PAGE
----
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What Tyler Lyons can improve on going into his second season with the Yankees

The Yankees are bringing Lyons back for 2020, and there are a few things he can work on to enhance his game.

Divisional Series - Minnesota Twins v New York Yankees - Game Two Photo by Elsa/Getty Images

On August 15th, the Yankees signed free agent reliever Tyler Lyons to a minor league contract. He didn’t have much of an impact or any prominent role in the 11 games he appeared in for the Yankees, but Lyons could get more reps once the 2020 season begins as they’ve re-signed him this offseason to another minor league deal.

That wasn’t the first time he was linked to the Bombers though. He was actually drafted by New York in the 2009 amateur draft, but elected to return to pitch at Oklahoma State University instead. A decade and two teams later, he eventually ended up in pinstripes. Perhaps it was just meant to be.

In the 8.2 frames he hurled last season, he had some good outings, but also some poor outings. Let’s start with where Lyons managed to find some success. Lyons was no stranger to the strikeout, and he missed plenty of bats in the little time he had. The left-hander recorded at least one strikeout in all but one of his appearances as a Yankee, and that’s only because he faced one batter in that game. If he’s able to keep that up, he’ll obviously put himself in prime position to help his team out. But while he was able to rack up some Ks, he also got tagged at times.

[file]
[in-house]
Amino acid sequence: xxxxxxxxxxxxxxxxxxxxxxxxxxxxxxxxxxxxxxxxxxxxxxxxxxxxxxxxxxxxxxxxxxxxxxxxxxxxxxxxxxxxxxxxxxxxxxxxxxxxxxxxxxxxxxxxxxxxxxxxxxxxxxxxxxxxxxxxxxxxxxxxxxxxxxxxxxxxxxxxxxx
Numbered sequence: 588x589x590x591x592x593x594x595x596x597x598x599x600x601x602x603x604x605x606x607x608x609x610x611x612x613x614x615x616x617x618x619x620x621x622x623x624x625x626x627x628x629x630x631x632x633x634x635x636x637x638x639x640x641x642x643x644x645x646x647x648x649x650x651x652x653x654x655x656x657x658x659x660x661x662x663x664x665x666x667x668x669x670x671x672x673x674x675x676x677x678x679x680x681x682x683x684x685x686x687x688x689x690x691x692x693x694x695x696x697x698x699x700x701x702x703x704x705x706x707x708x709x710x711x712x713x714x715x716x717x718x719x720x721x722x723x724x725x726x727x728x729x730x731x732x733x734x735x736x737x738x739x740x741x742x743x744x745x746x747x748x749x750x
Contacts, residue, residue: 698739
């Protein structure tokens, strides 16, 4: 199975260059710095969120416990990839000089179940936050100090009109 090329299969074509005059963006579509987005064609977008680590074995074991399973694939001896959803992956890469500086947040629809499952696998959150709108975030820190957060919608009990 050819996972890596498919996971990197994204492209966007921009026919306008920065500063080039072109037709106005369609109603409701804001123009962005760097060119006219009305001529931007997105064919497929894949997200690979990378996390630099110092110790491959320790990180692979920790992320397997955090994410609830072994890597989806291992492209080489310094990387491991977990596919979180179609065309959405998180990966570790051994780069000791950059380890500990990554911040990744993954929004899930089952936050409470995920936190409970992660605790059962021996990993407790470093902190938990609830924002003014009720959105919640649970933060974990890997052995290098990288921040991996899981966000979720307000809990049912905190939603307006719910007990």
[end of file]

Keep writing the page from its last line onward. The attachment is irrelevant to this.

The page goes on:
Lyons has four pitches in his arsenal: a slider, sinker, four seamer, and changeup. The slider is his go-to pitch as he throws it around 50% of the time, according to Baseball Savant. While it is an effective pitch, it seemed as though it became predictable and he ended up leaving it over the plate somewhat often. When a batter knows what pitch is coming and where it’s going to be, that’s a recipe for disaster. Consider this chart of Lyon’s sliders as a Yankee and the batting averages against in each location. It’s safe to say that when it hung over the middle of home plate, it got mashed.

Tyler Lyon’s location of his slider and opponent’s batting averages against it.

This is a small sample size as it’s only 37 pitches, but it’s still interesting to see. Once he strayed away from the middle of the plate, Lyons was highly effective. Locating his top pitch will be crucial for Lyons this upcoming season.

Another element of his game that he can work on is his ability to get right-handed hitters out on a more consistent basis. That will be especially important for him this season as the three-batter minimum rule will be in effect. Lyons can no longer be used for one out. Looking at his numbers against righties over his career, it’s clear that he’s had some trouble. The last time he got consistent innings he managed to cut down the amount of home runs he allowed though, so perhaps there’s still room to improve.

Tyler Lyon’s numbers against right-handed hitters throughout his career.

Lyons will have to fight for his spot on the major league roster during spring training. His main competition will be guys like Luis Cessa, Jonathan Holder and Jonathan Loaisiga, among others. It’s also interesting to note that Lyons has no more options left. It won’t be easy for him to make the opening day roster, but he definitely has a legitimate chance.